Editorial/Reportage lens choices?

Discussion in 'Nikon' started by roman_thorn|1, Nov 12, 2010.

  1. Hi folks! Just want to know what your lens choices would be for this type of work. Lets assume you will be shooting two DX camera's. I'm asking because I want to re-align my current set up. I asked a related question a couple of day's ago and members on this forum thought I should really include a good wide angle zoom...I tend to agree. So now I think for this type of work my choices are:
    12 - 24 Nikon/Tokina ?
    35 1.8G
    50 1.8D
    60 micro
    85 1.8D
    By the way, when I say Editorial/reportage my subject matter would would be Environmental Portrait/Fashion/Product/Food/Architectural/Industrial/stock
    I'm sure it's a matter of preference, but I would love to here other peoples thoughts.
  2. By the way, when I say Editorial/reportage my subject matter would would be Environmental Portrait/Fashion/Product/Food/Architectural/Industrial/stock​
    So why confuse people with editorial/reportage? Your subjects are so different that you can have a whole lens kit for it. I would choose two zooms and two primes if you want the most in the least kit...How about a 12-24mm, 50-150mm, macro for food and a PC for architectural?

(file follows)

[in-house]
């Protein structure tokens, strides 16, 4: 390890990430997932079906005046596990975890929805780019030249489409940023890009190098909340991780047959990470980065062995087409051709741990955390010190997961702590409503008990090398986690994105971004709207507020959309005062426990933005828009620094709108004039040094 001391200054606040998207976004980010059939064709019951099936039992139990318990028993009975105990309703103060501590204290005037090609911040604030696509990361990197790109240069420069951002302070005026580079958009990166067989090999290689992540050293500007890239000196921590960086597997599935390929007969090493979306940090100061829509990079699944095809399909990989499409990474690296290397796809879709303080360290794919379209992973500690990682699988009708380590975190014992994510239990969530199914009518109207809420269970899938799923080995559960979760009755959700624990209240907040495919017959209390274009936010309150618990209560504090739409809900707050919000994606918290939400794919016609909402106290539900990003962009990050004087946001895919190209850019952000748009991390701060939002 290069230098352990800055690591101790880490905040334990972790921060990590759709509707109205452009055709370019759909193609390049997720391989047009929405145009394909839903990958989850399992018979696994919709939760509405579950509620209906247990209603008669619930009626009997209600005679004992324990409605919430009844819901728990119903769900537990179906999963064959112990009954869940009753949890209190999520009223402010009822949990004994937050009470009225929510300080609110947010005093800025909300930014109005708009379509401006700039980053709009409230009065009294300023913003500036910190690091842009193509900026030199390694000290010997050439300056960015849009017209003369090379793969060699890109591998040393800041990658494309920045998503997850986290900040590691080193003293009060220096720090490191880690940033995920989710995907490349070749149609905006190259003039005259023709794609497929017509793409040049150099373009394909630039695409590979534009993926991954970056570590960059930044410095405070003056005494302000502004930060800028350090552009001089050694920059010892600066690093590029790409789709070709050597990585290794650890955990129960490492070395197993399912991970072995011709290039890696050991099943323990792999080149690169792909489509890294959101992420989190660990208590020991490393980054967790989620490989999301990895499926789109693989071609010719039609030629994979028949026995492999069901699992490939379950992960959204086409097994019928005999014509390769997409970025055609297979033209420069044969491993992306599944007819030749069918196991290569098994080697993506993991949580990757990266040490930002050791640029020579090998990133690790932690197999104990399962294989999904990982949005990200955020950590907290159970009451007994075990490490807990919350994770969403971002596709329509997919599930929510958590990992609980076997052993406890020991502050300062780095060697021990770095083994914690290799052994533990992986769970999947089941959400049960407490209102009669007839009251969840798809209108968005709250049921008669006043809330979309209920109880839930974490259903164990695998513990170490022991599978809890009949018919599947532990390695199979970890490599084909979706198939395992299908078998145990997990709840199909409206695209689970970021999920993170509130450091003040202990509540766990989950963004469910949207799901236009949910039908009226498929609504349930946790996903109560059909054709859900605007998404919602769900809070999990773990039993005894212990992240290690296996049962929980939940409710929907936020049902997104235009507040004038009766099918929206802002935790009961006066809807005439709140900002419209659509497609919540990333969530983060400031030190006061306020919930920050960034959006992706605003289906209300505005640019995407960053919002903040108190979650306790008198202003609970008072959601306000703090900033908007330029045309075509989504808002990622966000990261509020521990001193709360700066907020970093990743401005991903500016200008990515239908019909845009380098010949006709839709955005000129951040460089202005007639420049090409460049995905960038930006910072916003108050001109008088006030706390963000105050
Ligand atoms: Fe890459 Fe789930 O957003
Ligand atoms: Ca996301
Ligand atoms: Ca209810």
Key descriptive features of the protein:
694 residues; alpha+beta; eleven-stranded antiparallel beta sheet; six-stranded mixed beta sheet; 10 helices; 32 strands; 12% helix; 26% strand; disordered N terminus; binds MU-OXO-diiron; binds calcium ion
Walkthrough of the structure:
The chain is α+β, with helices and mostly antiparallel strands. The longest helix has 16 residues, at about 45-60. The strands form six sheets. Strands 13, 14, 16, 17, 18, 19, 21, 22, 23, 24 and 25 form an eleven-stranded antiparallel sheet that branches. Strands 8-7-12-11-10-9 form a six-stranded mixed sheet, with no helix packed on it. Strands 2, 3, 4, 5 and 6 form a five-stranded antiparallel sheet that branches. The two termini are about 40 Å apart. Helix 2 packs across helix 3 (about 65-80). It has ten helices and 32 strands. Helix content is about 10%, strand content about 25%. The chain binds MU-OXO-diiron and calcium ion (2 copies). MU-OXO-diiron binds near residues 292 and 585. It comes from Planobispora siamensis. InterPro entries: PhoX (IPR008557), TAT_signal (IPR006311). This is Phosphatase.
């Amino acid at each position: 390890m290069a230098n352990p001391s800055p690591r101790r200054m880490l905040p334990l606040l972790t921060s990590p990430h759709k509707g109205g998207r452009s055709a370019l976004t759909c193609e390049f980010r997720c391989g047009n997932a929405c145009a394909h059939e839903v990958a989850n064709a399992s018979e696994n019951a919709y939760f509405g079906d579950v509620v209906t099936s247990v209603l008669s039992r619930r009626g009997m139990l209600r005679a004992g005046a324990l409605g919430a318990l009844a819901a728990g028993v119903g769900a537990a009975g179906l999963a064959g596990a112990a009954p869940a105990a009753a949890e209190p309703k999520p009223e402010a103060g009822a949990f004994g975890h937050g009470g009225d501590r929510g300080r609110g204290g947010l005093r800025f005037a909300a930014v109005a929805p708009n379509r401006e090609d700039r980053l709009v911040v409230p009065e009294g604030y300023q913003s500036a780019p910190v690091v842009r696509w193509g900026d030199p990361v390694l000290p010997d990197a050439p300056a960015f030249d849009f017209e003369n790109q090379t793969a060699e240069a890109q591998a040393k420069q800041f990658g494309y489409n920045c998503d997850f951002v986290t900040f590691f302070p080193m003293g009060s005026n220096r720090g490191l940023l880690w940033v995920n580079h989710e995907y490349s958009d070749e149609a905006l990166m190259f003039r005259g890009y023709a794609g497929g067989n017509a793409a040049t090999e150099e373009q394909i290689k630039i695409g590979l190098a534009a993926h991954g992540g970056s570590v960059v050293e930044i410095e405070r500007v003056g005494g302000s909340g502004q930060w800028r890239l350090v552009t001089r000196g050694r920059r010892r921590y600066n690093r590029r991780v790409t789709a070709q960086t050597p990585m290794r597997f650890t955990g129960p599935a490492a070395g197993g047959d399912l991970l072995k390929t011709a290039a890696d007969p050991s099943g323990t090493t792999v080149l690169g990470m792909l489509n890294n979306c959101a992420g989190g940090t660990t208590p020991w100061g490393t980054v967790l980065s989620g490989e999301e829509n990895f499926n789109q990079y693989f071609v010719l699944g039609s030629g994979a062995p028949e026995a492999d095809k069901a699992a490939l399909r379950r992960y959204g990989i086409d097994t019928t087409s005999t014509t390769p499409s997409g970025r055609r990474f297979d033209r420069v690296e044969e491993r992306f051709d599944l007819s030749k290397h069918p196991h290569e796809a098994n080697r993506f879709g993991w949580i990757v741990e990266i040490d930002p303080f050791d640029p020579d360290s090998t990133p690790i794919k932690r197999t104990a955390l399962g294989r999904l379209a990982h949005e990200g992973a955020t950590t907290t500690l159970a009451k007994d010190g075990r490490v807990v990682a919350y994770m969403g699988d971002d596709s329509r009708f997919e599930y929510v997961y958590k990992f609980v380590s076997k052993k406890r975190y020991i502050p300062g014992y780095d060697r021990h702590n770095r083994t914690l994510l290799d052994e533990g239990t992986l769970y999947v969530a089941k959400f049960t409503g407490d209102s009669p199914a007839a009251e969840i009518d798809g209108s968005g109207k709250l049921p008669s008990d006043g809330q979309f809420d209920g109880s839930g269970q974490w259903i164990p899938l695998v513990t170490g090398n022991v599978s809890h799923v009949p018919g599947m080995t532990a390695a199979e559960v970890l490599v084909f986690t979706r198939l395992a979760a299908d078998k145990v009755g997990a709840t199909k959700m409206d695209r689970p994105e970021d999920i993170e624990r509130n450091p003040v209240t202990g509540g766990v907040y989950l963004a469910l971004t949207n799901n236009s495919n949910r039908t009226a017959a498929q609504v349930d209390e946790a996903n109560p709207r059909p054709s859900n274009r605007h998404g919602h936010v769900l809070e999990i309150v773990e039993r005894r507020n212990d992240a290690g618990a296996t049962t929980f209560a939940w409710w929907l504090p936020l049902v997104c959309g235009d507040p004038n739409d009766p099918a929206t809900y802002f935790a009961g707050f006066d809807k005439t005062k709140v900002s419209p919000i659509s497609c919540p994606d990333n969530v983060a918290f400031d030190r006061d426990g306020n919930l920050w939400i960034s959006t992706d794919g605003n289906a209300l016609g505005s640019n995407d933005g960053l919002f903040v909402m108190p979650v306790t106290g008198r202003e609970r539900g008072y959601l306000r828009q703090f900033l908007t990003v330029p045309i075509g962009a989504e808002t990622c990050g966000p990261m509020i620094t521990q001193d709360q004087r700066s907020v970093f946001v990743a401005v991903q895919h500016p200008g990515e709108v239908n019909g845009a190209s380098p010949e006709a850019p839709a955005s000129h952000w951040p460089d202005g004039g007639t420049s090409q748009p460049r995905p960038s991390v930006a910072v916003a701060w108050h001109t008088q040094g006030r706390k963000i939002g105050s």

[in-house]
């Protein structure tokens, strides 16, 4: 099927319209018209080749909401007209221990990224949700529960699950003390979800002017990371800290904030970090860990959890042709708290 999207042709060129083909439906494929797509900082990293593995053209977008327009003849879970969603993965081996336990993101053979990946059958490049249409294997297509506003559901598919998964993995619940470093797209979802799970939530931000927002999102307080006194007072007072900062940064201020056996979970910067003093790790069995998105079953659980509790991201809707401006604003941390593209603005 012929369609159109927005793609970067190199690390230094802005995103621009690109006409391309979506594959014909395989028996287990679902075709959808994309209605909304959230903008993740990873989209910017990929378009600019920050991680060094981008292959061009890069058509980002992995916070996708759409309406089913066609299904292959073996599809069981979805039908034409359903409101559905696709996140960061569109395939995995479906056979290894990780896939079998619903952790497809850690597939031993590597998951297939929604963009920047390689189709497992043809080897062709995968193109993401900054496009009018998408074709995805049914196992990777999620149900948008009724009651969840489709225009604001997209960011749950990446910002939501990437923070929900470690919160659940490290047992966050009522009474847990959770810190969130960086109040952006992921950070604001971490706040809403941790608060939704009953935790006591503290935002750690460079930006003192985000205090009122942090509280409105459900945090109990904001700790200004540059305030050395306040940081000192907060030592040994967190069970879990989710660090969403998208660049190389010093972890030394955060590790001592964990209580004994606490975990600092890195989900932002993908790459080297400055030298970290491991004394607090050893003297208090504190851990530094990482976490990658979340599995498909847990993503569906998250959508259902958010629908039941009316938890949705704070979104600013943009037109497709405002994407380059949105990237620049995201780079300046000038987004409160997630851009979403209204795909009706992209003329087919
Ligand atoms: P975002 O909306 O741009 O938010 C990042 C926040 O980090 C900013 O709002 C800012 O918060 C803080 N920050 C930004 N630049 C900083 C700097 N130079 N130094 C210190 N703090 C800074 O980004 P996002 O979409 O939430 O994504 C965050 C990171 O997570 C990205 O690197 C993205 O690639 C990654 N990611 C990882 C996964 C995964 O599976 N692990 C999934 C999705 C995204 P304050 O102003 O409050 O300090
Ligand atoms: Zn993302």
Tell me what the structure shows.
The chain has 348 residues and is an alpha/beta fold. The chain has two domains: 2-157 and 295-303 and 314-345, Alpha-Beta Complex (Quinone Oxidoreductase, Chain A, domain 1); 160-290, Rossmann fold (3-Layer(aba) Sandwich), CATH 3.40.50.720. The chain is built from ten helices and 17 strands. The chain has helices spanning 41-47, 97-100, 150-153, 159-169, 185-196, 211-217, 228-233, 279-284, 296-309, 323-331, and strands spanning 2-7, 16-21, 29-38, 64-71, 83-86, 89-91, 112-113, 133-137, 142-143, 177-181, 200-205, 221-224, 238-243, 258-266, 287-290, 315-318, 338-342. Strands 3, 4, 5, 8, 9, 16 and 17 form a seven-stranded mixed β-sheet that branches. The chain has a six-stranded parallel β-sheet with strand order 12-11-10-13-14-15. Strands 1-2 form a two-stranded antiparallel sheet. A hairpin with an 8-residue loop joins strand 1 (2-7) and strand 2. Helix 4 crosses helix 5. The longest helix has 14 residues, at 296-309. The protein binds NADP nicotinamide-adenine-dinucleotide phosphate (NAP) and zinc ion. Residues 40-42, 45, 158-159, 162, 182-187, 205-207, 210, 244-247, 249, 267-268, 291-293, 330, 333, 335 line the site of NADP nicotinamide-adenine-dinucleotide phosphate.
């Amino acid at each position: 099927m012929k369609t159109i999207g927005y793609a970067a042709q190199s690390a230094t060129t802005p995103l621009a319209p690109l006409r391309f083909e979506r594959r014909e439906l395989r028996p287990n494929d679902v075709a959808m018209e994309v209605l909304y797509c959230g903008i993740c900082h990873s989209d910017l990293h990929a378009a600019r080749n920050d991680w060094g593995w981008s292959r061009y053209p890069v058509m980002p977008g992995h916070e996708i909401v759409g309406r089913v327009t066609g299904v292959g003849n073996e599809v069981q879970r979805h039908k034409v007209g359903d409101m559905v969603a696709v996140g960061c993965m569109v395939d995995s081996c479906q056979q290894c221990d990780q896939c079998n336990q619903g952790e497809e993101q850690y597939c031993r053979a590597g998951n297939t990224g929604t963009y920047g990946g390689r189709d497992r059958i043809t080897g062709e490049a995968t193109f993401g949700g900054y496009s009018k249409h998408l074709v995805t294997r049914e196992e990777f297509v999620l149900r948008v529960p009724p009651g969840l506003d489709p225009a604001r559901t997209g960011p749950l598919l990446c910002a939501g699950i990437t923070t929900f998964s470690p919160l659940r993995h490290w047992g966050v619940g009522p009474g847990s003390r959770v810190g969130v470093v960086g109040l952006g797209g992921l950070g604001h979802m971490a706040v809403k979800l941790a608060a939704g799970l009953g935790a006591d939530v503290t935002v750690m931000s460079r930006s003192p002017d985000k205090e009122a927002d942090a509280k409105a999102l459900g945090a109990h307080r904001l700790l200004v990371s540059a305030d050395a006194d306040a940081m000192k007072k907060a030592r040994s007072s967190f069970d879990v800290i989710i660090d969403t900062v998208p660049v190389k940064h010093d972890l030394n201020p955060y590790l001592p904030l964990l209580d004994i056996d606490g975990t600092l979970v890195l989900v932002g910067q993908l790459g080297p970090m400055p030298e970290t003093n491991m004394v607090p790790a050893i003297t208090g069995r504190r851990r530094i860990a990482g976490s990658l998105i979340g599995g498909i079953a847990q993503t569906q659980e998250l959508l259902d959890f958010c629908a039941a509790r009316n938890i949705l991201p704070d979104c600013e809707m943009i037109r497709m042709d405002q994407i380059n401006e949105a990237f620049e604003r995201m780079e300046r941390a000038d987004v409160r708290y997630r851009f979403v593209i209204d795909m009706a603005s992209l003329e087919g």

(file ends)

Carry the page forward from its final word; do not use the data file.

3. Thanks! As far as I know, tilt shifts don't work so well on DX format...don't get wide enough and don't get full tilt shift. What's confusing...this is my subject matter and all that it includes. It can be "editorial/reportage" The 50-150 has more range than I need and is not subject specific. In my humble opinion I would be trading speed and quality for convenience...no thanks.
  4. In my humble opinion I would be trading speed and quality for convenience...no thanks.​
    Yes, you are trading for quality for convenience. Convenience is wanted (and often needed) for reportage...why do you think PJs carry two zooms? Because they are lightweight? Why don't they carry medium format and LF (especially for architectural) if all that matter is IQ? And if you are such a IQ/lens snob...why use the 85mm 1.8 or 35mm 1.8 when the f1.4 versions are much better?
  5. Spearhead

    Spearhead Moderator

    If you have the work and have no idea, then there's a real issue. If you don't have the work yet, then rent lenses and see what works. Buying lenses before you know what you need doesn't make a lot of sense.
  6. 1.8 smaller/lighter/cheaper and is some cases better IQ...zoom snob :)